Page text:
Tuesday, August 3, 2021


Public health experts are concerned many kids have missed important checkups and vaccinations, and a third DC Police officer who responded to the January 6 insurrection takes his own life.


The White House calls for states to rescue renters, Senators dissect a massive infrastructure plan, and both the White House and Congress are losing approval in the eyes of voters.

Efforts to Compensate More in NM for Radiation Exposure


Friday, March 3, 2017   

SANTA FE, N.M. - A rally held this week in the state Capitol Rotunda has brought new attention to the needs of New Mexico residents who have been exposed to health hazards from uranium mining and nuclear testing in past decades.

New Mexico lawmakers are being asked to support amendments to the Radiation Exposure Compensation Act (RECA) to provide benefits to people whose exposure occurred after 1971.

Linda Evers of the Post-'71 Uranium Workers Committee attended the rally. Evers was employed at the Jackpile Uranium Mine in 1976, and said she has two children with birth defects and her own health struggles as a result.

"There's five of the respiratory illnesses that are directly correlated with the scarring of the lungs," she said, "and that's part of the problem with the down-winders down there, is that these mutated, messed-up genetic sequences are starting to pass down now to third and fourth generations."

The federal government stopped being the sole extractor of radioactive materials in 1971, allowing businesses to enter the industry. Senate Memorial 85, House Memorial 40 and Senate Bill 197 all are intended to send a message to Washington that New Mexico supports expanding RECA benefits to people affected after 1971.

Federal studies in the 1970s determined that nuclear sites that had been under government contract no longer posed health threats. However, new research by Dr. Akshay Sood at the University of New Mexico showed health conditions from radiation exposure "are not significantly different," before and after 1971. Evers said this modern medical research is key.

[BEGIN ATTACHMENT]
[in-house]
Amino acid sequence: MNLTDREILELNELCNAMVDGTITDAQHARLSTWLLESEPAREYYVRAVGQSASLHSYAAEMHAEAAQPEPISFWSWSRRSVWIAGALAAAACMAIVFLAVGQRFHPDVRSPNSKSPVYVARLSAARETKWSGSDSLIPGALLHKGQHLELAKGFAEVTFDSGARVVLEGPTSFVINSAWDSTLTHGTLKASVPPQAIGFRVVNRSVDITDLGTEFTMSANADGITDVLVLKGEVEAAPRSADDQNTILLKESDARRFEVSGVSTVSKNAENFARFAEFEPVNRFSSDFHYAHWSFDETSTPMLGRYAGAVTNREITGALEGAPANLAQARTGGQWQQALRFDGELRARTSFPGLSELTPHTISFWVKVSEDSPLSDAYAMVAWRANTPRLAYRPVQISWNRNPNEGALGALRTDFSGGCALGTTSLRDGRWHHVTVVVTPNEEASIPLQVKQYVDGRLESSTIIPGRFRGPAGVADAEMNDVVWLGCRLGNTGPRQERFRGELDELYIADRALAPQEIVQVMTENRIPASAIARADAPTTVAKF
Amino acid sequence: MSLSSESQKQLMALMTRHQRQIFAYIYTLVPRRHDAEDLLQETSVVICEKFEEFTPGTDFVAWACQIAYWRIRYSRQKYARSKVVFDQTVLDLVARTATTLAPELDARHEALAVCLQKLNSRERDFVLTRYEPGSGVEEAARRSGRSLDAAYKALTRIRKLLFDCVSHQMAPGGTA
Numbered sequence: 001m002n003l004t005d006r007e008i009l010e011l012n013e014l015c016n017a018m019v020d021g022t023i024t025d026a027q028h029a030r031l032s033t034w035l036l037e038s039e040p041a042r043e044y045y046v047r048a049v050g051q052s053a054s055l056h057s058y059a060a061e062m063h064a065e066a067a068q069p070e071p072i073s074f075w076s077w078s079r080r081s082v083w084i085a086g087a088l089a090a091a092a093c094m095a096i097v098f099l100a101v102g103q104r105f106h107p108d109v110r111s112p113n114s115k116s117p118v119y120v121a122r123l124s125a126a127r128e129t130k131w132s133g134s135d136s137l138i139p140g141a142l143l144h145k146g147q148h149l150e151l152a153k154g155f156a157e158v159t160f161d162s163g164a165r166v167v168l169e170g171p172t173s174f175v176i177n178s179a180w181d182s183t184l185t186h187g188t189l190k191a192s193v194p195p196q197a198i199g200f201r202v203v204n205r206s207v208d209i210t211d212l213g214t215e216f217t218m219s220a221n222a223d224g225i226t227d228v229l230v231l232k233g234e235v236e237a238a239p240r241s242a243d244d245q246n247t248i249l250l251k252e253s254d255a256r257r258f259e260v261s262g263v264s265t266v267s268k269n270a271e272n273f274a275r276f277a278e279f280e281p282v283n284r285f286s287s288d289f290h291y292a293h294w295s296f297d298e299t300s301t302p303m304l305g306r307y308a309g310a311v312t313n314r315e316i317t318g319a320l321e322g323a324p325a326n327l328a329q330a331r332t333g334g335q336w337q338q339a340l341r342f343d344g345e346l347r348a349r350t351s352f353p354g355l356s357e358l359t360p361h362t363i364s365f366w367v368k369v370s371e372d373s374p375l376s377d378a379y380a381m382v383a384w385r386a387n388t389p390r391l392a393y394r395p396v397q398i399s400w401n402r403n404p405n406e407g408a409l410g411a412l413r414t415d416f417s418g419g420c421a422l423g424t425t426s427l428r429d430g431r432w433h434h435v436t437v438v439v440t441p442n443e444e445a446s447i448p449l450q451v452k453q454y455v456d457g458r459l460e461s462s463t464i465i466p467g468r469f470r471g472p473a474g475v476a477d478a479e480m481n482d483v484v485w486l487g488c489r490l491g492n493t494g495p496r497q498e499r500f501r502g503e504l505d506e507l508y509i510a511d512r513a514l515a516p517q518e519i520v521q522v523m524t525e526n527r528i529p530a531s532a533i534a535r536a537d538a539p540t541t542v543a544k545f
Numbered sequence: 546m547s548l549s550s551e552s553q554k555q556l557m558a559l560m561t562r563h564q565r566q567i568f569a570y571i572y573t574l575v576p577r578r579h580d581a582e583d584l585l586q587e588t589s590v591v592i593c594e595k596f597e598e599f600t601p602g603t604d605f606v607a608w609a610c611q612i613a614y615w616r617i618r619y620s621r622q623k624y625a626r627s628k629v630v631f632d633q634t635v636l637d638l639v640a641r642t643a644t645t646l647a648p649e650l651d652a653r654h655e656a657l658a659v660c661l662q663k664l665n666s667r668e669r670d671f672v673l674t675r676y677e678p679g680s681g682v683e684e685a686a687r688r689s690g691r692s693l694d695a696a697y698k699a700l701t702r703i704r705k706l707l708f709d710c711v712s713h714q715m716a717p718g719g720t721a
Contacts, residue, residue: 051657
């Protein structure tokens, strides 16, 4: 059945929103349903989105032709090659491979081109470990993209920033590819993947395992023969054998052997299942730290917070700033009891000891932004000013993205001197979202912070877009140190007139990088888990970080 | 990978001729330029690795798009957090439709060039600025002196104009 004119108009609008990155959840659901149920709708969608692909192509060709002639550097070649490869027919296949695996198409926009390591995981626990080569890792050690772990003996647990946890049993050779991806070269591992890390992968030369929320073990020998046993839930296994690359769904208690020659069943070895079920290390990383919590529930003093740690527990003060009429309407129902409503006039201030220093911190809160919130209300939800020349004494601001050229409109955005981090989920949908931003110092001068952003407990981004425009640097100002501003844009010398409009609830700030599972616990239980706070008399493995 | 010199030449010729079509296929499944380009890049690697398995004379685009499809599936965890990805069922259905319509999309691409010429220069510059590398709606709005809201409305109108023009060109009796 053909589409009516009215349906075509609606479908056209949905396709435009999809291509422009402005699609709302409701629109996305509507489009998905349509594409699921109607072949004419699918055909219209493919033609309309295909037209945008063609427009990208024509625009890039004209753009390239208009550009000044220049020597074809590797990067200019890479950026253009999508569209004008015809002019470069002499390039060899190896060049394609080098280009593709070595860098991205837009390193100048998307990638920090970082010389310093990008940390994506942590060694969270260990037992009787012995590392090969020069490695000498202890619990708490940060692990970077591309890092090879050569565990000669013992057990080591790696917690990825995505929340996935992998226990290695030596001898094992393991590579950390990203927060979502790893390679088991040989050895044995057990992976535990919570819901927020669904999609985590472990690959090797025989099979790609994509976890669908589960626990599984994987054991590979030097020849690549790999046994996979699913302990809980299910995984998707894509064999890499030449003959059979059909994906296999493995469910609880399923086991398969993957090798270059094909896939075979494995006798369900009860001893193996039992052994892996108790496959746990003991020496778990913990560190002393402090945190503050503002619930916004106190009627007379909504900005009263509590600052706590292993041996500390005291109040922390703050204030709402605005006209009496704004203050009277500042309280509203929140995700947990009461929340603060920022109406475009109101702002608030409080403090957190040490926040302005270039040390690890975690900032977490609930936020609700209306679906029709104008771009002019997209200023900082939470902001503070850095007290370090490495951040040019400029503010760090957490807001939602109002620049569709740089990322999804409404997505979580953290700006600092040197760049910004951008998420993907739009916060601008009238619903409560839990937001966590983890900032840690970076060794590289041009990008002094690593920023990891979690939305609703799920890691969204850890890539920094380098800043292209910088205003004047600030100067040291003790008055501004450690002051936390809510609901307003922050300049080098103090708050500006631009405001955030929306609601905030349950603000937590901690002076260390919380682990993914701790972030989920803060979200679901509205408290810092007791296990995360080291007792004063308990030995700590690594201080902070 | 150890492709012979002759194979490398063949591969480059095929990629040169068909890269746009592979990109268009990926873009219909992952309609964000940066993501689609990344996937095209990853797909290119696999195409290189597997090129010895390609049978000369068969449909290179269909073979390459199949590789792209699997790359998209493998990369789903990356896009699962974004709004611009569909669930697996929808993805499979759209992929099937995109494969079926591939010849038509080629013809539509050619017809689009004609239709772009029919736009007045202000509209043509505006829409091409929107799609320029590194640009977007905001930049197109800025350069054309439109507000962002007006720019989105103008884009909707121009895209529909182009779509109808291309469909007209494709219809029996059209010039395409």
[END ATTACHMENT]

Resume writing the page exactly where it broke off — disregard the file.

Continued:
"All we're asking for is to be included in the current RECA program," she said. "We would like to see them expand the 'compensatable' diseases. The OSHA, the CDC and the EPA recognize 25 radiation-caused illnesses. The RECA program only compensates for five lung diseases and three kidney diseases."

Navajo Nation president Russell Begaye joined activists and state lawmakers for the rally in Santa Fe.

get more stories like this via email

The commission charged with drawing Ohio's 99 House and 33 Senate districts meets this week. (Adobe Stock)

Social Issues

COLUMBUS, Ohio -- New congressional and legislative maps will soon start to take shape in Ohio. The Ohio Redistricting Commission convenes for the …

Social Issues

DENVER -- Today marks the day Black women in the U.S. will finally earn as much as a white, non-Hispanic man was paid in 2020. Ashley Panelli…


CHICAGO -- As Illinois residents get ready for more high temperatures this August, utility watchdogs are urging people to practice energy efficiency …

Chronic wasting disease can be transmitted between deer, along with food and soil contaminated by bodily fluids. (Adobe Stock)


WARREN, Pa. -- A temporary animal-feeding ban is being proposed for the Allegheny National Forest after a captive deer tested positive for chronic …

Social Issues

LOS ANGELES -- Hunger-fighting advocacy groups are speaking out in California, drawing attention to the continuing problem of food insecurity…

A new report from Georgetown University and the American Academy of Pediatrics recommends a coordinated and far-reaching public health campaign about childhood vaccinations. (Adobe Stock)

Social Issues

SACRAMENTO, Calif. -- Parents are gearing up for their children to return to the classroom for the first time in over a year, and public health …


LITCHFIELD, N.H. -- A 63-acre parcel of land along the Merrimack River is becoming part of the New Hampshire Agrarian Commons. The property, known as …

Social Issues

RICHMOND, Va. - Virginia's General Assembly Special Session begins today to budget more than $4 billion in federal COVID relief funds, and advocates …


Phone: 303.448.9105 Toll Free: 888.891.9416 Fax: 208.247.1830 Your trusted member and audience-supported news source since 1996 Copyright 2021